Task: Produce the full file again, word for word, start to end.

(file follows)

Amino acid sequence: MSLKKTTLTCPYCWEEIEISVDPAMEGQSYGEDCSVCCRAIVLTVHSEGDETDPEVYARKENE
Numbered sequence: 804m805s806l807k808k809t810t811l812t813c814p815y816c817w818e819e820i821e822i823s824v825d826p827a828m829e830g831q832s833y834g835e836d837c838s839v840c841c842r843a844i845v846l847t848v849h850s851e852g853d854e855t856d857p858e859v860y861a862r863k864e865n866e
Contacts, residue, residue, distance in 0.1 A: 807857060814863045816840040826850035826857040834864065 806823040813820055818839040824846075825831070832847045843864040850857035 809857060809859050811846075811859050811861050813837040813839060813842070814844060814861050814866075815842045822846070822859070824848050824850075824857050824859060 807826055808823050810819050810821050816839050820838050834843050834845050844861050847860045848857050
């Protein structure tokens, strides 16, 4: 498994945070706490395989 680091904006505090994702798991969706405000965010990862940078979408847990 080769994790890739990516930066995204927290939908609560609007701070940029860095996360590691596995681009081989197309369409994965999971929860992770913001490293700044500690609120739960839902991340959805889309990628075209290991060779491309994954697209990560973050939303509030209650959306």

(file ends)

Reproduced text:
Amino acid sequence: MSLKKTTLTCPYCWEEIEISVDPAMEGQSYGEDCSVCCRAIVLTVHSEGDETDPEVYARKENE
Numbered sequence: 804m805s806l807k808k809t810t811l812t813c814p815y816c817w818e819e820i821e822i823s824v825d826p827a828m829e830g831q832s833y834g835e836d837c838s839v840c841c842r843a844i845v846l847t848v849h850s851e852g853d854e855t856d857p858e859v860y861a862r863k864e865n866e
Contacts, residue, residue, distance in 0.1 A: 807857060814863045816840040826850035826857040834864065 806823040813820055818839040824846075825831070832847045843864040850857035 809857060809859050811846075811859050811861050813837040813839060813842070814844060814861050814866075815842045822846070822859070824848050824850075824857050824859060 807826055808823050810819050810821050816839050820838050834843050834845050844861050847860045848857050
């Protein structure tokens, strides 16, 4: 498994945070706490395989 680091904006505090994702798991969706405000965010990862940078979408847990 080769994790890739990516930066995204927290939908609560609007701070940029860095996360590691596995681009081989197309369409994965999971929860992770913001490293700044500690609120739960839902991340959805889309990628075209290991060779491309994954697209990560973050939303509030209650959306």